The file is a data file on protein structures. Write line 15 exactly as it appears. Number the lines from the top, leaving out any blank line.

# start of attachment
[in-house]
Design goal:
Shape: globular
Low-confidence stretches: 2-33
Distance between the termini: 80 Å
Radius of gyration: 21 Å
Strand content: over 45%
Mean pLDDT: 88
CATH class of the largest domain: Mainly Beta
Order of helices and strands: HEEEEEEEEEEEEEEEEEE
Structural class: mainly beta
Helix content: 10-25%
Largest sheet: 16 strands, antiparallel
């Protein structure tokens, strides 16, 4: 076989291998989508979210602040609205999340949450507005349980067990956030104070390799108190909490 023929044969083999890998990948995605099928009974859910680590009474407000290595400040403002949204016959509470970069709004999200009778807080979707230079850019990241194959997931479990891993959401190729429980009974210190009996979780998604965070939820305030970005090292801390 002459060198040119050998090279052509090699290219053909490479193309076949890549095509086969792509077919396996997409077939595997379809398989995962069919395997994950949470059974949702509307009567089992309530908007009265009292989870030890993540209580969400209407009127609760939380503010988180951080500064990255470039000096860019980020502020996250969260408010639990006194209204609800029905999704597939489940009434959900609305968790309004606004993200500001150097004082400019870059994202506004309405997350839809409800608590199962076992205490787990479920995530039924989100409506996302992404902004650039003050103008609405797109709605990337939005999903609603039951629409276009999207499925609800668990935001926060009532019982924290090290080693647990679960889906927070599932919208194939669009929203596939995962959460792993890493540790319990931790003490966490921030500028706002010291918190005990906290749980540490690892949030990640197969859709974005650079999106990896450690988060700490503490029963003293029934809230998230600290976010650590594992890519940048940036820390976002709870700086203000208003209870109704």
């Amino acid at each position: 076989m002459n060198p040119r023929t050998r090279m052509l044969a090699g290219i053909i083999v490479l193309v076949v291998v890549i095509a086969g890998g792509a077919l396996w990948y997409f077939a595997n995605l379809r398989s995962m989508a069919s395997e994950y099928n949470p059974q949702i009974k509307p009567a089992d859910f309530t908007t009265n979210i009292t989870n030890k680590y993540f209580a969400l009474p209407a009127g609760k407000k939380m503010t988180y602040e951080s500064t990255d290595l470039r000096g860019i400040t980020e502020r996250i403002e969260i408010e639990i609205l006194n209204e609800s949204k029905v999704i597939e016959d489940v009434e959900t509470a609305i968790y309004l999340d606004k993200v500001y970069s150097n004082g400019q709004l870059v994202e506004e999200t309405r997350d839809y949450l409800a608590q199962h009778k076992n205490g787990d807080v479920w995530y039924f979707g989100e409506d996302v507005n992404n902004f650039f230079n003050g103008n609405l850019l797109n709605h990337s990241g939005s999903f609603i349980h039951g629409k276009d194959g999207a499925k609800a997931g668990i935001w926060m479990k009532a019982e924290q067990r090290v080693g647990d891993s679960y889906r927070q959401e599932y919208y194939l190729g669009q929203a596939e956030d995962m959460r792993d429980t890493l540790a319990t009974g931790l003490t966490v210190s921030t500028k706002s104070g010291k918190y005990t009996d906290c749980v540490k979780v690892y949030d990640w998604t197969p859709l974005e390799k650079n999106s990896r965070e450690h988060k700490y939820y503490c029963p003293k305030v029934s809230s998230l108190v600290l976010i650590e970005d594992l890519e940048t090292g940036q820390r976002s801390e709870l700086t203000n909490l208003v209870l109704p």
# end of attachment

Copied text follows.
């Amino acid at each position: 076989m002459n060198p040119r023929t050998r090279m052509l044969a090699g290219i053909i083999v490479l193309v076949v291998v890549i095509a086969g890998g792509a077919l396996w990948y997409f077939a595997n995605l379809r398989s995962m989508a069919s395997e994950y099928n949470p059974q949702i009974k509307p009567a089992d859910f309530t908007t009265n979210i009292t989870n030890k680590y993540f209580a969400l009474p209407a009127g609760k407000k939380m503010t988180y602040e951080s500064t990255d290595l470039r000096g860019i400040t980020e502020r996250i403002e969260i408010e639990i609205l006194n209204e609800s949204k029905v999704i597939e016959d489940v009434e959900t509470a609305i968790y309004l999340d606004k993200v500001y970069s150097n004082g400019q709004l870059v994202e506004e999200t309405r997350d839809y949450l409800a608590q199962h009778k076992n205490g787990d807080v479920w995530y039924f979707g989100e409506d996302v507005n992404n902004f650039f230079n003050g103008n609405l850019l797109n709605h990337s990241g939005s999903f609603i349980h039951g629409k276009d194959g999207a499925k609800a997931g668990i935001w926060m479990k009532a019982e924290q067990r090290v080693g647990d891993s679960y889906r927070q959401e599932y919208y194939l190729g669009q929203a596939e956030d995962m959460r792993d429980t890493l540790a319990t009974g931790l003490t966490v210190s921030t500028k706002s104070g010291k918190y005990t009996d906290c749980v540490k979780v690892y949030d990640w998604t197969p859709l974005e390799k650079n999106s990896r965070e450690h988060k700490y939820y503490c029963p003293k305030v029934s809230s998230l108190v600290l976010i650590e970005d594992l890519e940048t090292g940036q820390r976002s801390e709870l700086t203000n909490l208003v209870l109704p």